4 Hopes for Obama’s Farmers’ Market

Photo by Flickr user Tamaradulva under Creative Commons

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You may have read yesterday that President Obama wants to set up a farmer’s market at the White House. On first glance, this confirms my suspicions that President Obama is pretty damn cool. In his words:

One of the things that we’re trying to do now is to figure out, can we get a little farmers’ market outside of the White House… I’m not going to have all of you all just tromping around inside, but right outside the White House so that we can, and that is a win-win situation.

It gives suddenly D.C. more access to good, fresh food, but it also is this enormous potential revenue-maker for local farmers in the area. And those kinds of connections can be made all throughout the country, and has to be part of how we think about health.

But coolness aside, if this idea becomes reality, the Obamas should be careful to make it a sustainable market for local farmers rather than a kitschy tourist attraction bogged down by pins and t-shirts that say “Yes We Can Farm” and “Change We Can Grow In.” But let’s face it, due to the massive security detail the market would require and the overwhelming draw for Washingtonians and tourists alike, the latter is more likely. After all, markets that truly support local, organic farmers have become increasingly rare even as farmers’ markets, both organic and kitschy, increased threefold between 1994 and 2008.

So taking the touristy factor as a given, how can Obama make the White House farmers’ market most beneficial to farmers and consumers alike? I have four ideas:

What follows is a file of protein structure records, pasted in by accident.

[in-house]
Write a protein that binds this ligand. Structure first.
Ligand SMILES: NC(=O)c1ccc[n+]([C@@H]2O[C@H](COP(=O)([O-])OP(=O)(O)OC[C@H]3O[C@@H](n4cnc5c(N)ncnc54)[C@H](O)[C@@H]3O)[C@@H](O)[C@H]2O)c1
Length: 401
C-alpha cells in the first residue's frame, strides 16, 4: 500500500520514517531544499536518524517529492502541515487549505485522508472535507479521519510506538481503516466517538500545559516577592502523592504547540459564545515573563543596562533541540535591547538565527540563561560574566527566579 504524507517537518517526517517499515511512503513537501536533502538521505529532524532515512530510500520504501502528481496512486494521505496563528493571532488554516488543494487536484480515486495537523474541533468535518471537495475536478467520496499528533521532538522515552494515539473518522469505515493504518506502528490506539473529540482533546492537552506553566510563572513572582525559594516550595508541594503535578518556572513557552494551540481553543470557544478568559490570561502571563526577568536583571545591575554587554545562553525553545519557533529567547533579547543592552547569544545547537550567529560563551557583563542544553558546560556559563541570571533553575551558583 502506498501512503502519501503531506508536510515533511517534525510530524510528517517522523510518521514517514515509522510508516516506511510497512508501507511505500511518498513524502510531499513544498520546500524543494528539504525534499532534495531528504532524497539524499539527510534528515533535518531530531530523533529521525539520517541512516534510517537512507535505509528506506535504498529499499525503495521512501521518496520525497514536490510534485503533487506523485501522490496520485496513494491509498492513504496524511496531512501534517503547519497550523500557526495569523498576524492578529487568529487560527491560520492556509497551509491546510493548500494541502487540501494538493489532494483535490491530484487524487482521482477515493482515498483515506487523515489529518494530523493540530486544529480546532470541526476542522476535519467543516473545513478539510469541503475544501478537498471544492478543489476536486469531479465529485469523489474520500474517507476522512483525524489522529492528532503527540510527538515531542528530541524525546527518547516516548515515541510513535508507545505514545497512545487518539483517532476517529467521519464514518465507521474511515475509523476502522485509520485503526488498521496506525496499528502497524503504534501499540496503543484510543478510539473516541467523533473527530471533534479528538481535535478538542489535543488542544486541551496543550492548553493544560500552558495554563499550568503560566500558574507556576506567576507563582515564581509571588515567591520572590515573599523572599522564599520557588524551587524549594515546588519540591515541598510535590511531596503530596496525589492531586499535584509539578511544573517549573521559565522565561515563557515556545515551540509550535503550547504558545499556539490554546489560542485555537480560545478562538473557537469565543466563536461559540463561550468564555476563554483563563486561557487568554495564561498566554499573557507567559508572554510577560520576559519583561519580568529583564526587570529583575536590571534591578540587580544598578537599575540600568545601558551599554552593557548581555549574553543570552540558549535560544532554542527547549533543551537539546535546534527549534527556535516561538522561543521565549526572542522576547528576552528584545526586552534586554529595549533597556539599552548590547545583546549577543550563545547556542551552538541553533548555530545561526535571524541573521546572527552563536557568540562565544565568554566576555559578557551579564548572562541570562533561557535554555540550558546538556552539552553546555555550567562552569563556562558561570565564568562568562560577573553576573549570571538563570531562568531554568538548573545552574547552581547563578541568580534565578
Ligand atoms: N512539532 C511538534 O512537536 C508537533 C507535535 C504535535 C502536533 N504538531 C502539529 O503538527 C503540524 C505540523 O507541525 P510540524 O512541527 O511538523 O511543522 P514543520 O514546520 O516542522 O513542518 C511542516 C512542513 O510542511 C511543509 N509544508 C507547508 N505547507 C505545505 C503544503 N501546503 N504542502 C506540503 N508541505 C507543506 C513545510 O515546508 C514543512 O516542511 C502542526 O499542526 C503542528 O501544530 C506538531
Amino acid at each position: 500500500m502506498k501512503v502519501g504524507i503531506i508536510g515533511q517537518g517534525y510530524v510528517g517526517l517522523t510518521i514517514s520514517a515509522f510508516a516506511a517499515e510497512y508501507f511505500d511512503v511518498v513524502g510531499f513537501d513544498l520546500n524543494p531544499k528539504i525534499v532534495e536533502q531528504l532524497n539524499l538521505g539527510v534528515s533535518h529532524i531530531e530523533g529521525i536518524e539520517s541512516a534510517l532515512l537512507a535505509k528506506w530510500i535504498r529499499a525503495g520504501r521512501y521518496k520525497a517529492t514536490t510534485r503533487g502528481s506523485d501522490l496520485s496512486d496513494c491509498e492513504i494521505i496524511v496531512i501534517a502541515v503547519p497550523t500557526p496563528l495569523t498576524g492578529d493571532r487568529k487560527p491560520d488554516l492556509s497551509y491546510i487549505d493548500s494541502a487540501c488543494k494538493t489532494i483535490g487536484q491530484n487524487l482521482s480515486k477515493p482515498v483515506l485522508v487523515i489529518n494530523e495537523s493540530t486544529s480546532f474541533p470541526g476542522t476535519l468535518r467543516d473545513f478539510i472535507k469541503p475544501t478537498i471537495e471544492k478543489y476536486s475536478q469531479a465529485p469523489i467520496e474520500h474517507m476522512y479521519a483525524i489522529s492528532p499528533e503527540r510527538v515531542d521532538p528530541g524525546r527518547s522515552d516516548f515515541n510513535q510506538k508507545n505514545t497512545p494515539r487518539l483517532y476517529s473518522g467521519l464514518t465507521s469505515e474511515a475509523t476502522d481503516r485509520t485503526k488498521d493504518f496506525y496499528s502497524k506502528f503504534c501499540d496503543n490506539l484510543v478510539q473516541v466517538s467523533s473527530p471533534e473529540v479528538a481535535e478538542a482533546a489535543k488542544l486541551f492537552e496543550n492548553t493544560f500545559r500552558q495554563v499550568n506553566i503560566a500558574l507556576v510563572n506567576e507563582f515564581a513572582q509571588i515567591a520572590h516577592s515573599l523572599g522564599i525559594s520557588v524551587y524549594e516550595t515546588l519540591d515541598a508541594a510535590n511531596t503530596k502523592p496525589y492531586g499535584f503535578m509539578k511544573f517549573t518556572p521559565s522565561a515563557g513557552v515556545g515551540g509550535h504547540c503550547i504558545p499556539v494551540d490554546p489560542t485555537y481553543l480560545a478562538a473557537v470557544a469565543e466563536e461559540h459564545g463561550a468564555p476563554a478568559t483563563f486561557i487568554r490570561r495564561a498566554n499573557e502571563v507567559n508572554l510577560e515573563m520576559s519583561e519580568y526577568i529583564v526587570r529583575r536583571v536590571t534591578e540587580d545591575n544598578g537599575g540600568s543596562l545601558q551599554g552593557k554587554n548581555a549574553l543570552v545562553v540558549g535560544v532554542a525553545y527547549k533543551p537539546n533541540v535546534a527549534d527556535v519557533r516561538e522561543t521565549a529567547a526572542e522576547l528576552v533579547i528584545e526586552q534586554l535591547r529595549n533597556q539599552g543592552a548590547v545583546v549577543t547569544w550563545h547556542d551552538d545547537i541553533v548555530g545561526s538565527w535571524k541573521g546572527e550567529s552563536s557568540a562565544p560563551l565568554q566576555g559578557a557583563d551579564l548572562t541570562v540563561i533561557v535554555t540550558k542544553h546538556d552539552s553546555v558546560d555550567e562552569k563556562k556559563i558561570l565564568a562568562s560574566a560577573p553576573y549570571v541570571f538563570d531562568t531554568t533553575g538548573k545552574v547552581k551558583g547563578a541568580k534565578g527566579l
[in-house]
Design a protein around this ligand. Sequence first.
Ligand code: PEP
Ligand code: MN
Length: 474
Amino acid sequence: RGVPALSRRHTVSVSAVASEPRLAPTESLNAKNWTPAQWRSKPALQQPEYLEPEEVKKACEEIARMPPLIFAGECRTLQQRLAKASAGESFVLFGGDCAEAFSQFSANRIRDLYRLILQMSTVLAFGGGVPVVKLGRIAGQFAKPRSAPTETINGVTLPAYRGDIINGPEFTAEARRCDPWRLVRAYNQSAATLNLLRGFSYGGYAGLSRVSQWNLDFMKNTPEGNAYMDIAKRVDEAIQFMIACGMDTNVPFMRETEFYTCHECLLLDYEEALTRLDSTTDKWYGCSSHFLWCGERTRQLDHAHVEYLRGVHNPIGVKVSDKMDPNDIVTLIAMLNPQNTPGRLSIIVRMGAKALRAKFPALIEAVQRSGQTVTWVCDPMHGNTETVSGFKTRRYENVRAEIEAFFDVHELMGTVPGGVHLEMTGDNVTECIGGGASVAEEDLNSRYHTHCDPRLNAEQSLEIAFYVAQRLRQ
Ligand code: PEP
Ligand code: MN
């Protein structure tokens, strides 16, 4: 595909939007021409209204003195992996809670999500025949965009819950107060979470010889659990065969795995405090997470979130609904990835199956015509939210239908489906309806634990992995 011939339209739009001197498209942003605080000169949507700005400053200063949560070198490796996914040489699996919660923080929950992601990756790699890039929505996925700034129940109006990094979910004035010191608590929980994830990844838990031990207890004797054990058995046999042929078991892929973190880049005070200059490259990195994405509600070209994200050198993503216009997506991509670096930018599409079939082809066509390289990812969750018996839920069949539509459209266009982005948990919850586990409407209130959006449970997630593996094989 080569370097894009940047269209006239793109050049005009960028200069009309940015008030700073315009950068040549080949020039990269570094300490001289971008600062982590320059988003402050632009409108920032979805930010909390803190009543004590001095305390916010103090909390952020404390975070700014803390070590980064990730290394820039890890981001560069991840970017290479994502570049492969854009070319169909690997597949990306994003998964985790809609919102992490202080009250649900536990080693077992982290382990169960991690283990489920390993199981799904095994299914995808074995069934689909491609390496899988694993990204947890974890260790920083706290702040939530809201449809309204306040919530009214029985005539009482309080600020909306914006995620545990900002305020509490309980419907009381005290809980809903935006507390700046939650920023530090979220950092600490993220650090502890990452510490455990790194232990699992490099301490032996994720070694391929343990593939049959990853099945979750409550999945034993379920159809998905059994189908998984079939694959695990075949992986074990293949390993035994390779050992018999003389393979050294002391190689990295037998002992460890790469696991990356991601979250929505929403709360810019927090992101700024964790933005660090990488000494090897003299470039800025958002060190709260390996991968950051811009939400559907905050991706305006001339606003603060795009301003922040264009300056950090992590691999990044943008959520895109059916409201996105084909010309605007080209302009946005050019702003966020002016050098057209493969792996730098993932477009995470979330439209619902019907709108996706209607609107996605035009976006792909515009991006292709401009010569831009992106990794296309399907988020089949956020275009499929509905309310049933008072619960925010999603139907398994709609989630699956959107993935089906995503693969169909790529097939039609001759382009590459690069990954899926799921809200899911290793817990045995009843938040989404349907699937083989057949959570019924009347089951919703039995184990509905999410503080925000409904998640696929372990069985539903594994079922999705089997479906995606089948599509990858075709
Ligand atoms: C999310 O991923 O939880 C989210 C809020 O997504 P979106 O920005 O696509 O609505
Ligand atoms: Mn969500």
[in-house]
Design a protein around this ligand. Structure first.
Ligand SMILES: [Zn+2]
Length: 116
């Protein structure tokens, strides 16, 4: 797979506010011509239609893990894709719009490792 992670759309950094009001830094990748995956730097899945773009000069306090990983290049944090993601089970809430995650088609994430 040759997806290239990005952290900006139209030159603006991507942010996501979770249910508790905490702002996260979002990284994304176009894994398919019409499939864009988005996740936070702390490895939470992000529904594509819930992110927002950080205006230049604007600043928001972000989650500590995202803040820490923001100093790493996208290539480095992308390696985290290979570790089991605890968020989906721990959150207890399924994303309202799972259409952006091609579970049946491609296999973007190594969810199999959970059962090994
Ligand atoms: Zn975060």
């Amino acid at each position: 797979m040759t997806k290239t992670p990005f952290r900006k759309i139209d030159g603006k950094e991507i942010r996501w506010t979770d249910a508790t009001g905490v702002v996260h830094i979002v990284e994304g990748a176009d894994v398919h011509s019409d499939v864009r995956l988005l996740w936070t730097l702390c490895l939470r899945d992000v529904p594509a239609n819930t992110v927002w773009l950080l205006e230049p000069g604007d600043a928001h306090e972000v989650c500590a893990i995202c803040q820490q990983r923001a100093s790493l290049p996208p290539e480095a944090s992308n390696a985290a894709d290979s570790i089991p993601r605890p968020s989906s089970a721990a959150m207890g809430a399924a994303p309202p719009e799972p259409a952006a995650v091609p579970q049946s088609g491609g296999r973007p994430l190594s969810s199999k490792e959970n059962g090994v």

1. Booths must provide free samples. And I’m not just talking about peaches. A farmers’ market has got to be more than a place for people to buy produce. Consumers need to roam freely to get a feel for the lay of the land before making buying decisions. Free samples of bread, veggies, and hummus-type spreads make this possible.
  2. Don’t try to sell me $8 eggs. Yes, it’s important to buy products that come from humane farms. But some studies have even shown that cage-free eggs may not be “all they’re cracked up to be.” And you can find organic, humane eggs for a reasonable price.
  3. How about some hot meal options? After a good hour of farmers’ market roaming, I tend to work up an appetite and a red pepper just doesn’t cut it. But farmers’ markets are often tempted to bring in chains so that they can charge higher booth fees. Including Chipotle or Panda Express is a quick way to destroy the market’s legitimacy.
  4. And throw some live music in there for good measure. But President Obama, resist the urge to go for star power. I don’t want to see Bono and Mary J. Blige headlining the main stage at your farmer’s market. Like the vendors at the market, the live musicians should be locals.

The White House farmers’ market could become a great national symbol for the importance of sustainable agriculture and community commerce. But the Obamas shouldn’t overdo it in fear of appearing even more like arugula-chomping lefties. Just keep it simple, follow my four suggestions, and this will turn into a very cool project.

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We didn't know what to expect when we told you we needed to raise $400,000 before our fiscal year closed on June 30, and we're thrilled to report that our incredible community of readers contributed some $415,000 to help us keep charging as hard as we can during this crazy year.

You just sent an incredible message: that quality journalism doesn't have to answer to advertisers, billionaires, or hedge funds; that newsrooms can eke out an existence thanks primarily to the generosity of its readers. That's so powerful. Especially during what's been called a "media extinction event" when those looking to make a profit from the news pull back, the Mother Jones community steps in.

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